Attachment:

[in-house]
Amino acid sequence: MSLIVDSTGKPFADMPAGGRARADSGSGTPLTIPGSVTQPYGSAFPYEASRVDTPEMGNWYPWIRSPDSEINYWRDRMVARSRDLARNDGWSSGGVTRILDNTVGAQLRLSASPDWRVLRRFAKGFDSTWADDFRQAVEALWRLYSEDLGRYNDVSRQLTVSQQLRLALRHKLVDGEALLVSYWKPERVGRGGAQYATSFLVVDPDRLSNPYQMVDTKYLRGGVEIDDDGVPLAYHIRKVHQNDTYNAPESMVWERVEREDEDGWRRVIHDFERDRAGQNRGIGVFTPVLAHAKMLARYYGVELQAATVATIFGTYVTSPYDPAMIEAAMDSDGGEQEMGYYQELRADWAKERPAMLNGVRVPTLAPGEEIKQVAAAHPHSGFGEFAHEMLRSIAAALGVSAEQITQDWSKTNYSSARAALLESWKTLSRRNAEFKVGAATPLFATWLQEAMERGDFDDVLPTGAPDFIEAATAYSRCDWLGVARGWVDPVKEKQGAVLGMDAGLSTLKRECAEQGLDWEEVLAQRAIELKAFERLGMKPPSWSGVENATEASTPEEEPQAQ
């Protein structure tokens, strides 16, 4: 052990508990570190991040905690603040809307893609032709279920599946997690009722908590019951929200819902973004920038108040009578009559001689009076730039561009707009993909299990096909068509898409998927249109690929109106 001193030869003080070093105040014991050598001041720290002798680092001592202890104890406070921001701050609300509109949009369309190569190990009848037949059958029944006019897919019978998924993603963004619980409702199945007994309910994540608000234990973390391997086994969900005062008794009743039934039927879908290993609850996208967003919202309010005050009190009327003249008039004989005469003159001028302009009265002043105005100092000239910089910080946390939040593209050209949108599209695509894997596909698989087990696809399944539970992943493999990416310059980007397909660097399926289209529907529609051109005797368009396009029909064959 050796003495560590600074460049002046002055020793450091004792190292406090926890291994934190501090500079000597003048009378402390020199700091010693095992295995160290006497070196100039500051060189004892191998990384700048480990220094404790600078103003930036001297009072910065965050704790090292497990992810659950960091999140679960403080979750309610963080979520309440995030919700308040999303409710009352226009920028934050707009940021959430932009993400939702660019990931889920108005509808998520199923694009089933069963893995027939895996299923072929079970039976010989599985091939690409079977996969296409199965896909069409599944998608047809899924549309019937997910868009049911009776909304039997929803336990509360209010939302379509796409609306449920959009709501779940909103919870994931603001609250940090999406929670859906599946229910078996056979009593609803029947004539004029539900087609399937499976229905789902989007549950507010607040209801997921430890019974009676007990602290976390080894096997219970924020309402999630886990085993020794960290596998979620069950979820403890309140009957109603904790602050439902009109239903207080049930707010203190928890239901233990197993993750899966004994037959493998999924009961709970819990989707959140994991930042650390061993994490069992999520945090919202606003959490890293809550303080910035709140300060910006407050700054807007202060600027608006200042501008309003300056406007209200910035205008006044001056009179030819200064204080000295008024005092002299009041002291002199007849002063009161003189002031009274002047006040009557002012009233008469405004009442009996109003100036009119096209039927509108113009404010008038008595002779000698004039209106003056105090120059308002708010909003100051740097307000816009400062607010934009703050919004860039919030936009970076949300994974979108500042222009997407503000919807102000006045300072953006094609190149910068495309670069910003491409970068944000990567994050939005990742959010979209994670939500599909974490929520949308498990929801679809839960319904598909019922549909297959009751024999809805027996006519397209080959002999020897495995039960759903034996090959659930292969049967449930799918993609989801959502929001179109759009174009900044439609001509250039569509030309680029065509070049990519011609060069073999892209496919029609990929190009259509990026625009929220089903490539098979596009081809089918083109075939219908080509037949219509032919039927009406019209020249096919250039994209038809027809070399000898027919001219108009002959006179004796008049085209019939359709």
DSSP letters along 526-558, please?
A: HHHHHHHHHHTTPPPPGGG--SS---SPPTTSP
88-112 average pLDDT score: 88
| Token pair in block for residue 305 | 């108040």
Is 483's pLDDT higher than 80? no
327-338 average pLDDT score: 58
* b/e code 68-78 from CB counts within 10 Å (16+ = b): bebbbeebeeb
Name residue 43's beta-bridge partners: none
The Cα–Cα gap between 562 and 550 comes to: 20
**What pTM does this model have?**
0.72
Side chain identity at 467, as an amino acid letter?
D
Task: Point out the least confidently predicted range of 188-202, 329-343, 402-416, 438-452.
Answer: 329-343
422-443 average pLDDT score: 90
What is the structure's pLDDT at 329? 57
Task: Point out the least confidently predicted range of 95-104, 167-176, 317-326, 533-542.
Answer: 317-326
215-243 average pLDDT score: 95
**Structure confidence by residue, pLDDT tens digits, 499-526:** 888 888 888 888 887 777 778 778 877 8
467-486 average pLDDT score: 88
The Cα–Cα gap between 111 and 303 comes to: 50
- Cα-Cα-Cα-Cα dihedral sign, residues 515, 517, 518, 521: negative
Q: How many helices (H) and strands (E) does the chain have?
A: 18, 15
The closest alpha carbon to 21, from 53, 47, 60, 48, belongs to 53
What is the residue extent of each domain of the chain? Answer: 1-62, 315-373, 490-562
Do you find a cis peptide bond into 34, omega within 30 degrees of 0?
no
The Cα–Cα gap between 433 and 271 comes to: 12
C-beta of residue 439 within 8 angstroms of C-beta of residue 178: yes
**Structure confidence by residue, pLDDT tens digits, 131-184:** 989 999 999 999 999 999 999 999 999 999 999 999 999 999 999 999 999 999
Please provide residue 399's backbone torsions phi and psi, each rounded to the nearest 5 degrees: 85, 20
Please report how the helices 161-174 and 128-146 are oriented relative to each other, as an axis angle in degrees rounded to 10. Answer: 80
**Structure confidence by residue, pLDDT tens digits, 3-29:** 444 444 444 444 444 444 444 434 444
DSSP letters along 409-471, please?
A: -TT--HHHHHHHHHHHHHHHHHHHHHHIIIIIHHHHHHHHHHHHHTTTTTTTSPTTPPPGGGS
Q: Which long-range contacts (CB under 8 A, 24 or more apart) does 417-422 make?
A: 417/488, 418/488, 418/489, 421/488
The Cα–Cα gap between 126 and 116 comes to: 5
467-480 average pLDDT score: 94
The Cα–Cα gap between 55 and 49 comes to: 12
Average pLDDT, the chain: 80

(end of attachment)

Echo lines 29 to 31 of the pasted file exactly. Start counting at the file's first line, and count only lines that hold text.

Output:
A: 18, 15
The closest alpha carbon to 21, from 53, 47, 60, 48, belongs to 53
What is the residue extent of each domain of the chain? Answer: 1-62, 315-373, 490-562